BL: The book is without paragraphs, and the sentences are long and convoluted. How much of a struggle was it to translate? How long did it take you?
GS: New Directions insists it took me ten years. I think it took me six. I was working on a great many things in the meantime—in fact, I generally am. I also have a feeling that Quartet might have started the project but that New Directions took it up. Beyond that, it was my first Krasznahorkai book and it took time to adjust to a voice, in which the long paragraph and the long sentence form such an essential part. It was finding the right English language circumstance that took time. The voice had to avoid sounding stilted in English. It had to be odd but natural: a little nagging, a little insistent, a little comical, a little muttering, a little prophetic, and, at an underlying level, deeply apocalyptic. One has to lodge one’s sense of such qualities in a language that behaves differently. That’s done by instinct, of course, not by calculation.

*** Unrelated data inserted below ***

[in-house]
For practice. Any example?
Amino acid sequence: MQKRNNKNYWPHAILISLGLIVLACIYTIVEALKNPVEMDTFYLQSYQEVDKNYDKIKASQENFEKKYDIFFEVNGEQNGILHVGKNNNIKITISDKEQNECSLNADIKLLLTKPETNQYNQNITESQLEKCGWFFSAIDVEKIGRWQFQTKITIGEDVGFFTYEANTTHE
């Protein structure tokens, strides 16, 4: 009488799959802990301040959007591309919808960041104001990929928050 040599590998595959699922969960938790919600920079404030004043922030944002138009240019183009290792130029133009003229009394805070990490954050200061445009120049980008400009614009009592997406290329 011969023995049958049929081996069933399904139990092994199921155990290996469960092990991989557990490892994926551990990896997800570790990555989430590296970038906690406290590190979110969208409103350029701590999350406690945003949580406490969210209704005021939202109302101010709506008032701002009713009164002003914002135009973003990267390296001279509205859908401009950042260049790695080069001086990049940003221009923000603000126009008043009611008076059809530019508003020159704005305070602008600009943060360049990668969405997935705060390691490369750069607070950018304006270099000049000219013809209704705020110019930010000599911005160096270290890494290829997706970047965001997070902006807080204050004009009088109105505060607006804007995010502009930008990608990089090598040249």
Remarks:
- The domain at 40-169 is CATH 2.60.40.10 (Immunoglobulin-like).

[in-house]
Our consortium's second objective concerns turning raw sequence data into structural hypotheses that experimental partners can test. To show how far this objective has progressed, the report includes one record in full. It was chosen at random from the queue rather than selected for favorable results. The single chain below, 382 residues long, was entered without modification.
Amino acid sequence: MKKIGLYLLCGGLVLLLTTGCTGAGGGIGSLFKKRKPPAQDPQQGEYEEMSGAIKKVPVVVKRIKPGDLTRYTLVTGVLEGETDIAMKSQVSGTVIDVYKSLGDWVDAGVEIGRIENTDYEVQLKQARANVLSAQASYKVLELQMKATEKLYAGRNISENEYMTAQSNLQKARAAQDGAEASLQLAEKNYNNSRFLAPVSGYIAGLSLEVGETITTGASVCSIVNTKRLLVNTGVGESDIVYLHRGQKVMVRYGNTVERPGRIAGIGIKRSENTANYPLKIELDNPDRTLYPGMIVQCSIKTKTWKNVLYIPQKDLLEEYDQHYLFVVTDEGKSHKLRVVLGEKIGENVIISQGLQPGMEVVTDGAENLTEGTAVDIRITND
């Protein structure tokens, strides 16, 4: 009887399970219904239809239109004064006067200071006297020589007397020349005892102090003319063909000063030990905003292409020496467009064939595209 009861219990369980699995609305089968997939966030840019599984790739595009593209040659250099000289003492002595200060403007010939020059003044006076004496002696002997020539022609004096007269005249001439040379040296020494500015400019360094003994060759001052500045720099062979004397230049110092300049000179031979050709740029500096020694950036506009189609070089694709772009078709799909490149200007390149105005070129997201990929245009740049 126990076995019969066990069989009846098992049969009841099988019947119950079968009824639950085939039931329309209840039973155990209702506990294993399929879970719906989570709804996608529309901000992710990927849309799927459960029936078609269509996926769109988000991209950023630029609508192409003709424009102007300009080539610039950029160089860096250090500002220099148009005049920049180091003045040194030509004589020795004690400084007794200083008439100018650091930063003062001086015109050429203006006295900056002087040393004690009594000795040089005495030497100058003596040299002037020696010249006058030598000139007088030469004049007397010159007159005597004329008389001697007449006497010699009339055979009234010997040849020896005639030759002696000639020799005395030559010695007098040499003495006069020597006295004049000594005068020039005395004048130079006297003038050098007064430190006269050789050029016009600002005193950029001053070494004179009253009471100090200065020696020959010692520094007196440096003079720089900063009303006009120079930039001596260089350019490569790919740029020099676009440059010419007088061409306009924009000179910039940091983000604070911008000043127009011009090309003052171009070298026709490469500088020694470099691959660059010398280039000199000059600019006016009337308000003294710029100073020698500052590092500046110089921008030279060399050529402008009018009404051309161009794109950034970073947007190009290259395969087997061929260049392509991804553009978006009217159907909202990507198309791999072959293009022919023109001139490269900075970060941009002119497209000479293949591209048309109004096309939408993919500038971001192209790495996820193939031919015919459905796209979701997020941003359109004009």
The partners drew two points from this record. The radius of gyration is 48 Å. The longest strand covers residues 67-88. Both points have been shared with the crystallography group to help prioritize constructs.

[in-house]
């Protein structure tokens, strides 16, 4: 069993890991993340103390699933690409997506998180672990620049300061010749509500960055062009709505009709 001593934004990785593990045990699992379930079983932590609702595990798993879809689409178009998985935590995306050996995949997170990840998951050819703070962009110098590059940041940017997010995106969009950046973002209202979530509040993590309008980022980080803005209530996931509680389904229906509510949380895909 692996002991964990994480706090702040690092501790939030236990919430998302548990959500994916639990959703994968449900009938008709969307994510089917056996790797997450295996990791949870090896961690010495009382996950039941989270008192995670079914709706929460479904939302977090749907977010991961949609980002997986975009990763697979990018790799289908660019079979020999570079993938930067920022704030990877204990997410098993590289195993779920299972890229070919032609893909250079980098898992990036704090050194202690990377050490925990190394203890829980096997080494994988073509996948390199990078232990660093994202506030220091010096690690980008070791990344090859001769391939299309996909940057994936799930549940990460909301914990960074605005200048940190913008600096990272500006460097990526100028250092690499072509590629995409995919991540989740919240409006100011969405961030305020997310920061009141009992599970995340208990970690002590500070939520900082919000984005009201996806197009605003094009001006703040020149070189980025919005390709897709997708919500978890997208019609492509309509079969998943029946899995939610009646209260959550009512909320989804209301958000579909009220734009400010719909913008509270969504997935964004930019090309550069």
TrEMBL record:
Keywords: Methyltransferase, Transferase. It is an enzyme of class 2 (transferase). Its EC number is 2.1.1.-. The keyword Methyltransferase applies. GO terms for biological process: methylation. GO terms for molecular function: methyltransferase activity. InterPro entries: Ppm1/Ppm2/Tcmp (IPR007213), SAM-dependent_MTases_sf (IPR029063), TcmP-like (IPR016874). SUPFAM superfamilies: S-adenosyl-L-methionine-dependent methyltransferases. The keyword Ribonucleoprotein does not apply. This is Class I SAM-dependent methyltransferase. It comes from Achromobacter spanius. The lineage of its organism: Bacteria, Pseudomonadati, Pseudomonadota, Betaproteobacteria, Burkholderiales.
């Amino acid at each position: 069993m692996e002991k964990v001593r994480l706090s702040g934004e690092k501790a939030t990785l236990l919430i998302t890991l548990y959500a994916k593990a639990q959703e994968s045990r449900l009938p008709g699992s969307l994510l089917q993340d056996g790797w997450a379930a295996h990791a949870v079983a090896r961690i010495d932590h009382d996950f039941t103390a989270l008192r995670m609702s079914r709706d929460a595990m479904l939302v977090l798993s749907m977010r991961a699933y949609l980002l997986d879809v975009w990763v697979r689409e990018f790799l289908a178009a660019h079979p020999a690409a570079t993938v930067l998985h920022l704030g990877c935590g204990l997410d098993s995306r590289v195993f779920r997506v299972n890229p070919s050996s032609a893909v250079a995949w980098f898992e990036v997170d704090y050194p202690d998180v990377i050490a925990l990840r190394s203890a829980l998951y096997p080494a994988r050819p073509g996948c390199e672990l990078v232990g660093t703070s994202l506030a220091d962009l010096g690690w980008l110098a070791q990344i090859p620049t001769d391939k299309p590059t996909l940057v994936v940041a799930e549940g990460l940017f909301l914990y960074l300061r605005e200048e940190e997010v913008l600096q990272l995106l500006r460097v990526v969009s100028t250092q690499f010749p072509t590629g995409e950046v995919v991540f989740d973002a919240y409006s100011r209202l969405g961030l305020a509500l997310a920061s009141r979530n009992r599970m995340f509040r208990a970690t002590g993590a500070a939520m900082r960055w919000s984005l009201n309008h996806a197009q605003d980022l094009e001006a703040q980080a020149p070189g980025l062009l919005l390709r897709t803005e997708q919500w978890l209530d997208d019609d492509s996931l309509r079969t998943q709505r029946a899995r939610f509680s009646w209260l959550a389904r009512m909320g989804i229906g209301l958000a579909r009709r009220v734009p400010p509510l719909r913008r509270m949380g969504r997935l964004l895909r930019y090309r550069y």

BL: I am reminded in Melancholy of works written by Thomas Bernhard and W.G. Sebald. There is also a hint of Kafka. I thought the book was a masterpiece. Do you think it will stand the test of time and be remembered as a major piece of fiction?
GS: I actually introduced Krasznahorkai to Sebald at the UEA [Creative Writing Course]. I had suggested Max [Sebald] as a possible blurb writer. Unfortunately I forgot to tell him and he rang me one day, sounding cross at having received a great pile of paper. I apologized profusely and he laughed and said he thought it was a marvelous book. He went on to write the blurb and, a couple of years later when Krasznahorkai came to England, we went to Max’s office and had some coffee. Yes, I do think the book will stand the test of time. It is not only marvelous for its voice, but the thoroughness of the concept—all those macrocosms and microcosms—offers a vast architectural space for the imagination to inhabit. In some ways it is my favorite Krasznahorkai. But yes, Bernhard and Kafka, certainly.